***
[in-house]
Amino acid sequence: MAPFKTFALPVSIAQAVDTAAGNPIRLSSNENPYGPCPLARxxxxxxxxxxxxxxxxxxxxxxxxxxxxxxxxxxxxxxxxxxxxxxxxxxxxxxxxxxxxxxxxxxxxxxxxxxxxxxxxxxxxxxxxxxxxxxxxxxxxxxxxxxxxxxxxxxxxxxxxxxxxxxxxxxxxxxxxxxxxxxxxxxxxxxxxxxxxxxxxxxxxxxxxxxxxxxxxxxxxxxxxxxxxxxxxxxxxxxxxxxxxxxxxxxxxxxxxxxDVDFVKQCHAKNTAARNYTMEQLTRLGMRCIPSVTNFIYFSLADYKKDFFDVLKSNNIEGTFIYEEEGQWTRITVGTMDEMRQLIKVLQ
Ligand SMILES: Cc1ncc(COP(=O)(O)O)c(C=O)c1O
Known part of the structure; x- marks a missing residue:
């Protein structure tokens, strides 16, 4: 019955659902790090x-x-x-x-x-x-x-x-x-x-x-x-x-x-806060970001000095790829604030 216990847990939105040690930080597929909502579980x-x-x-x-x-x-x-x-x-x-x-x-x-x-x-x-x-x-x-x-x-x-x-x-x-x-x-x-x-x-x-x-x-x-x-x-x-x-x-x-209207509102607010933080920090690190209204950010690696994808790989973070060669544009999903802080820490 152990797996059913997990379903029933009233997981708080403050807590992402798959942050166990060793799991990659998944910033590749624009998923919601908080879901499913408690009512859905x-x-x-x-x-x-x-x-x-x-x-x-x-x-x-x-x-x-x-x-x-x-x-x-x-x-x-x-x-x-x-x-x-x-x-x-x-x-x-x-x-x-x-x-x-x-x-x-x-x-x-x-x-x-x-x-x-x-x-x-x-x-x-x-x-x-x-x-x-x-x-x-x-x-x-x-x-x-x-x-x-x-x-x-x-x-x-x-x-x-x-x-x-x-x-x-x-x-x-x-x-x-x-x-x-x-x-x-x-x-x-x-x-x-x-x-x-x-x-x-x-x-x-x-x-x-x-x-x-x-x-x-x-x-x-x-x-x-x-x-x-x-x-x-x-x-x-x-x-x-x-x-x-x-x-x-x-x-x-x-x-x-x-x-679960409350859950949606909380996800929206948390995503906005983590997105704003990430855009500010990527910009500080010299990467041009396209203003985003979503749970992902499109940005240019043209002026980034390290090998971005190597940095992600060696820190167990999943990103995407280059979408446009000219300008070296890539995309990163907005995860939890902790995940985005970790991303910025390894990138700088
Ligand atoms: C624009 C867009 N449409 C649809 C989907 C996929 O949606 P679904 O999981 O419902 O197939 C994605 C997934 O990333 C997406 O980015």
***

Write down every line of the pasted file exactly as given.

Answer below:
[in-house]
Amino acid sequence: MAPFKTFALPVSIAQAVDTAAGNPIRLSSNENPYGPCPLARxxxxxxxxxxxxxxxxxxxxxxxxxxxxxxxxxxxxxxxxxxxxxxxxxxxxxxxxxxxxxxxxxxxxxxxxxxxxxxxxxxxxxxxxxxxxxxxxxxxxxxxxxxxxxxxxxxxxxxxxxxxxxxxxxxxxxxxxxxxxxxxxxxxxxxxxxxxxxxxxxxxxxxxxxxxxxxxxxxxxxxxxxxxxxxxxxxxxxxxxxxxxxxxxxxxxxxxxxxDVDFVKQCHAKNTAARNYTMEQLTRLGMRCIPSVTNFIYFSLADYKKDFFDVLKSNNIEGTFIYEEEGQWTRITVGTMDEMRQLIKVLQ
Ligand SMILES: Cc1ncc(COP(=O)(O)O)c(C=O)c1O
Known part of the structure; x- marks a missing residue:
């Protein structure tokens, strides 16, 4: 019955659902790090x-x-x-x-x-x-x-x-x-x-x-x-x-x-806060970001000095790829604030 216990847990939105040690930080597929909502579980x-x-x-x-x-x-x-x-x-x-x-x-x-x-x-x-x-x-x-x-x-x-x-x-x-x-x-x-x-x-x-x-x-x-x-x-x-x-x-x-209207509102607010933080920090690190209204950010690696994808790989973070060669544009999903802080820490 152990797996059913997990379903029933009233997981708080403050807590992402798959942050166990060793799991990659998944910033590749624009998923919601908080879901499913408690009512859905x-x-x-x-x-x-x-x-x-x-x-x-x-x-x-x-x-x-x-x-x-x-x-x-x-x-x-x-x-x-x-x-x-x-x-x-x-x-x-x-x-x-x-x-x-x-x-x-x-x-x-x-x-x-x-x-x-x-x-x-x-x-x-x-x-x-x-x-x-x-x-x-x-x-x-x-x-x-x-x-x-x-x-x-x-x-x-x-x-x-x-x-x-x-x-x-x-x-x-x-x-x-x-x-x-x-x-x-x-x-x-x-x-x-x-x-x-x-x-x-x-x-x-x-x-x-x-x-x-x-x-x-x-x-x-x-x-x-x-x-x-x-x-x-x-x-x-x-x-x-x-x-x-x-x-x-x-x-x-x-x-x-x-x-679960409350859950949606909380996800929206948390995503906005983590997105704003990430855009500010990527910009500080010299990467041009396209203003985003979503749970992902499109940005240019043209002026980034390290090998971005190597940095992600060696820190167990999943990103995407280059979408446009000219300008070296890539995309990163907005995860939890902790995940985005970790991303910025390894990138700088
Ligand atoms: C624009 C867009 N449409 C649809 C989907 C996929 O949606 P679904 O999981 O419902 O197939 C994605 C997934 O990333 C997406 O980015």